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Remembrance of Things Future

Memory and mortality are contested realms in Jordan Harrison’s sci-fi drama Marjorie Prime
Scott Machado and Ellen Chace in Marjorie Prime
Scott Machado and Ellen Chace in Marjorie Prime

Jordan Harrison’s excellent play, the Pulitzer-nominated Marjorie Prime — now at Oregon Contemporary Theatre under the direction of Willow Norton — tackles the prickly issue of artificial intelligence in much the same way Raymond Carver’s short stories take on the mute pangs of working-class despair — as a sparse domestic drama teetering on an abyss of absence, loss and strangled desire. And, like Carver’s work, Harrison’s play is by turns arid and profound, shot through with a prosaic tedium that barely girds the sadness humming beneath its surface.

Marjorie (Ellen Chace) is an elderly widow whose assisted living situation includes the pixilated company of her deceased husband Walter (Scott Machado), a computer-generated “prime” whom she chooses to have reincarnated as his younger, 30-something self.

In a beautiful sci-fi twist, it is Marjorie who builds Walter from memory, as she fills him with information about himself; Walter, for his part, is an apt pupil, eager to please his wife by becoming a perfect reflection of her husband, or rather, her memories of her husband, an act of narcissistic projection that presents difficulties in accepting Walter as anything other than a mirror of Marjorie’s self.

Marjorie’s daughter, Tess (Ruth Mandsager), struggles against the bitterness and resentment she feels toward her mother, for reasons that are slowly revealed — one of the minor reasons being Marjorie’s perceived disapproval of Tess’ husband, the good-natured Jon (Dan Pegoda), a latter-day hippie whose beard, Marjorie quips, was like one of the guys from ZZ Top.

Among these four characters a tug of war takes place, in which difficult memories are negotiated, framed and refashioned as they are fed (or, perhaps, not fed) into a computer-simulated “companion” meant to resemble the dead person they’ve replaced.

The play is less a sci-fi parable than a kind of extended Twilight Zone episode without the big reveal; instead of a shocker ending, Marjorie Prime slowly and steadily ratchets up the discomfort, although the dis-ease it inspires is of the subtlest kind, hiding in the corners of what, on the surface, might appear a rather mundane family drama. With its single set — a blue-tinted room furnished in neo-Bauhaus style — and its long stretches of silence interspersed with the everyday interactions of a typically dysfunctional family struggling to communicate, this play is like a slice of Tennessee Williams or Tracy Letts.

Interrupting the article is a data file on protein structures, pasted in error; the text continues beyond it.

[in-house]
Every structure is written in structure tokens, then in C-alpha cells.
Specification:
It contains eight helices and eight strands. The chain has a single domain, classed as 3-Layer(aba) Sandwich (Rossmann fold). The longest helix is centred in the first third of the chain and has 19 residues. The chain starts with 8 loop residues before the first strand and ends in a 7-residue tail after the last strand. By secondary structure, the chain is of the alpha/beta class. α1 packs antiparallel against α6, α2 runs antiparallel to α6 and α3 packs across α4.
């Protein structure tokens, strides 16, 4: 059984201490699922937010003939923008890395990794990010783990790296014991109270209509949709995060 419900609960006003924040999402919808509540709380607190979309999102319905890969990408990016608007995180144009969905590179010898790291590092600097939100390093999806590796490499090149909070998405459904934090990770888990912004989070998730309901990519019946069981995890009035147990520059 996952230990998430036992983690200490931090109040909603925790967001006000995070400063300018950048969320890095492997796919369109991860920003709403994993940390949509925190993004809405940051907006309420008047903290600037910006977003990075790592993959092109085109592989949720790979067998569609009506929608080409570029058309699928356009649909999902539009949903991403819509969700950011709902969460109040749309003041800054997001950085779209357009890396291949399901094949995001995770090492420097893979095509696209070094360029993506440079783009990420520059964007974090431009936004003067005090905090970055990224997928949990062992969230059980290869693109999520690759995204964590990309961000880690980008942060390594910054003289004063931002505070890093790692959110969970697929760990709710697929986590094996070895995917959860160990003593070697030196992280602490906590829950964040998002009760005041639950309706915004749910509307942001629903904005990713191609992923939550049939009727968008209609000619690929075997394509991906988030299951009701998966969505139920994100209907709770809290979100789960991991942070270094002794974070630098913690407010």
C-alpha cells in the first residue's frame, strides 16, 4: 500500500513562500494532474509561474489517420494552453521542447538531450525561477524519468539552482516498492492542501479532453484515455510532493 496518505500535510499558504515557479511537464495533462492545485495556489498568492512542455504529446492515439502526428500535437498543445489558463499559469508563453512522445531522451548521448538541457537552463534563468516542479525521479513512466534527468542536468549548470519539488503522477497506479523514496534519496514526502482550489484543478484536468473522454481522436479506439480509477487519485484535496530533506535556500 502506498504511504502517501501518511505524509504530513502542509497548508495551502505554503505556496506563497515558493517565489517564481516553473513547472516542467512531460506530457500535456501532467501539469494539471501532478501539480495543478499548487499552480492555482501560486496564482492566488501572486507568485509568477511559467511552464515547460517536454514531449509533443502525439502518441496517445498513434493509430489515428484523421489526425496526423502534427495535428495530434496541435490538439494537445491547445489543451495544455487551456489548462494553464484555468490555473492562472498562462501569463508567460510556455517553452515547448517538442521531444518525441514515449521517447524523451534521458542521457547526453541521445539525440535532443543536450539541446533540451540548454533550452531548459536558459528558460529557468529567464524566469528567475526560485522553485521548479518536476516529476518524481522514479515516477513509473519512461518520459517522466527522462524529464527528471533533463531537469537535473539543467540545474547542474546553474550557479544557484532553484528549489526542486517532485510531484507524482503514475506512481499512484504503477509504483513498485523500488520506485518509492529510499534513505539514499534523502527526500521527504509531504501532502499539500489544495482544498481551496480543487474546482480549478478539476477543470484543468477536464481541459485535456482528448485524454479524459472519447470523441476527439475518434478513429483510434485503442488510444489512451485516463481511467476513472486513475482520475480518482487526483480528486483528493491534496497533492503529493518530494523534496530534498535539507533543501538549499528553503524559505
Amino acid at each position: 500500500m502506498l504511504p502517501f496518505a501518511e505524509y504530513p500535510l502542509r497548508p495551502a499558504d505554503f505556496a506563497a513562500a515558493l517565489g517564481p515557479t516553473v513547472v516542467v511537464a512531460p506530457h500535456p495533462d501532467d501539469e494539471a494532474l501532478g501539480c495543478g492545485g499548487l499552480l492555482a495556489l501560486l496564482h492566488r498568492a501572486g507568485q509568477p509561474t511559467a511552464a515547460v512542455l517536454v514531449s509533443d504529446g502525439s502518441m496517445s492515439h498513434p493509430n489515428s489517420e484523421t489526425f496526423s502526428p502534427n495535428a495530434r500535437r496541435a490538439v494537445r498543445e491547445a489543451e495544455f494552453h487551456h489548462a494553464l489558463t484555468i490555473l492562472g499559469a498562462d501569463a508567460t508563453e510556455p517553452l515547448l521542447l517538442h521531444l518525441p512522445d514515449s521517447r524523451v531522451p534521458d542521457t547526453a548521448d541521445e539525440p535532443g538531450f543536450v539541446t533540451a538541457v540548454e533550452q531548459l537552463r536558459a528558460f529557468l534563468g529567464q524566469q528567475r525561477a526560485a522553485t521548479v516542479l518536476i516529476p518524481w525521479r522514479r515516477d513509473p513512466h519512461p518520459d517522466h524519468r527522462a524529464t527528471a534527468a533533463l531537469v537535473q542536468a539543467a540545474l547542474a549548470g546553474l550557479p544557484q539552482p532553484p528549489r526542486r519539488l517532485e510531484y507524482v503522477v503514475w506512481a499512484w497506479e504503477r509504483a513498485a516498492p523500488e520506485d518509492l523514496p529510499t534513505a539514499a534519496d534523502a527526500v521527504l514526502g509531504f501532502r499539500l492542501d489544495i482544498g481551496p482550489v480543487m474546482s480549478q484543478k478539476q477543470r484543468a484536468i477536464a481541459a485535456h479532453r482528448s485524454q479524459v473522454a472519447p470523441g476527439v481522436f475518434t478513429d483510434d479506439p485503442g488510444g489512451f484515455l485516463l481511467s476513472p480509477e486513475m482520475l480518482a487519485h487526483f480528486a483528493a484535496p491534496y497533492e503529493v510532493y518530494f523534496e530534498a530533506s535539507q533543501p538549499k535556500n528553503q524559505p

Of course, as the title implies, Marjorie herself — a mere mortal, full of memories at once painful and effervescent — is destined to be replaced. As Joan Didion famously pointed out, “We tell ourselves stories in order to live,” but what happens when the stories themselves become more important than the living?

If human history can be viewed as one long and tragic act of over-compensation to stave off the inevitable, then our tinkering with artificial intelligence — the avatars of immortality — is but an odd twist in the foiled narrative of religion. What need is there for a god, when we can assume that role ourselves? Indeed, we may achieve the immortality for which we so desperately strive. We just won’t be around to enjoy it.

The cast is strong across the board and Norton’s tight, economical direction brings an eerie steeliness to the proceedings. That said, Marjorie Prime is not always an easy play to behold; at moments a kind of enervated boredom nipped at my heels, though I never felt unengaged. And its emotional impact is subtle and lasting. It wasn’t until the aftermath that I realized how hard I’d been punched in the guts.

Marjorie Prime plays through Nov. 25 at Oregon Contemporary Theatre; 541-465-1506 or octheatre.org.